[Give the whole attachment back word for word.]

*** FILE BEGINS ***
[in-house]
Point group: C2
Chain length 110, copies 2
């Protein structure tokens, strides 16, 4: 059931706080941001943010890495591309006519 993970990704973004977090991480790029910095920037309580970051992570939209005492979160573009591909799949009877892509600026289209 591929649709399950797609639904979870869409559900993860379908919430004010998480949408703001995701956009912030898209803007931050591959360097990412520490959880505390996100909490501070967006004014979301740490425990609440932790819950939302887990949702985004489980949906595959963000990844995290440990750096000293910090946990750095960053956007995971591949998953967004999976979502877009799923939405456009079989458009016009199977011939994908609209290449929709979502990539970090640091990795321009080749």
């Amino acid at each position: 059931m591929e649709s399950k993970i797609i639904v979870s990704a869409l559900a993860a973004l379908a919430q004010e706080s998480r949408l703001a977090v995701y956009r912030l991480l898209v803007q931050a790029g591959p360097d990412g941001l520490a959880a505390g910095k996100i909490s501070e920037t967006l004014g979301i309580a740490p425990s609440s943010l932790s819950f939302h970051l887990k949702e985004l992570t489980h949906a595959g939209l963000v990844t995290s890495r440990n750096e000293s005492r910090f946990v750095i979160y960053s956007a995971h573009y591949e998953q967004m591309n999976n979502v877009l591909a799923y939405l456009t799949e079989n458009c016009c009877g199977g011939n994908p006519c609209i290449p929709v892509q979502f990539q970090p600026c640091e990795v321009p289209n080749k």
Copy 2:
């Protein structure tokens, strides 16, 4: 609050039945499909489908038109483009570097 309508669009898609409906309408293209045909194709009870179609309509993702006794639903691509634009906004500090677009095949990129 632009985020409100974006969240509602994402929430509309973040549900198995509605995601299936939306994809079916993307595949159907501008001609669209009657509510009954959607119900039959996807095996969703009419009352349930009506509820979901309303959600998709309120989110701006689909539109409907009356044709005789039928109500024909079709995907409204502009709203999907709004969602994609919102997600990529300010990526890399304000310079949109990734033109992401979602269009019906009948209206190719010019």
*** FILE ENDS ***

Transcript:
[in-house]
Point group: C2
Chain length 110, copies 2
């Protein structure tokens, strides 16, 4: 059931706080941001943010890495591309006519 993970990704973004977090991480790029910095920037309580970051992570939209005492979160573009591909799949009877892509600026289209 591929649709399950797609639904979870869409559900993860379908919430004010998480949408703001995701956009912030898209803007931050591959360097990412520490959880505390996100909490501070967006004014979301740490425990609440932790819950939302887990949702985004489980949906595959963000990844995290440990750096000293910090946990750095960053956007995971591949998953967004999976979502877009799923939405456009079989458009016009199977011939994908609209290449929709979502990539970090640091990795321009080749």
């Amino acid at each position: 059931m591929e649709s399950k993970i797609i639904v979870s990704a869409l559900a993860a973004l379908a919430q004010e706080s998480r949408l703001a977090v995701y956009r912030l991480l898209v803007q931050a790029g591959p360097d990412g941001l520490a959880a505390g910095k996100i909490s501070e920037t967006l004014g979301i309580a740490p425990s609440s943010l932790s819950f939302h970051l887990k949702e985004l992570t489980h949906a595959g939209l963000v990844t995290s890495r440990n750096e000293s005492r910090f946990v750095i979160y960053s956007a995971h573009y591949e998953q967004m591309n999976n979502v877009l591909a799923y939405l456009t799949e079989n458009c016009c009877g199977g011939n994908p006519c609209i290449p929709v892509q979502f990539q970090p600026c640091e990795v321009p289209n080749k």
Copy 2:
């Protein structure tokens, strides 16, 4: 609050039945499909489908038109483009570097 309508669009898609409906309408293209045909194709009870179609309509993702006794639903691509634009906004500090677009095949990129 632009985020409100974006969240509602994402929430509309973040549900198995509605995601299936939306994809079916993307595949159907501008001609669209009657509510009954959607119900039959996807095996969703009419009352349930009506509820979901309303959600998709309120989110701006689909539109409907009356044709005789039928109500024909079709995907409204502009709203999907709004969602994609919102997600990529300010990526890399304000310079949109990734033109992401979602269009019906009948209206190719010019």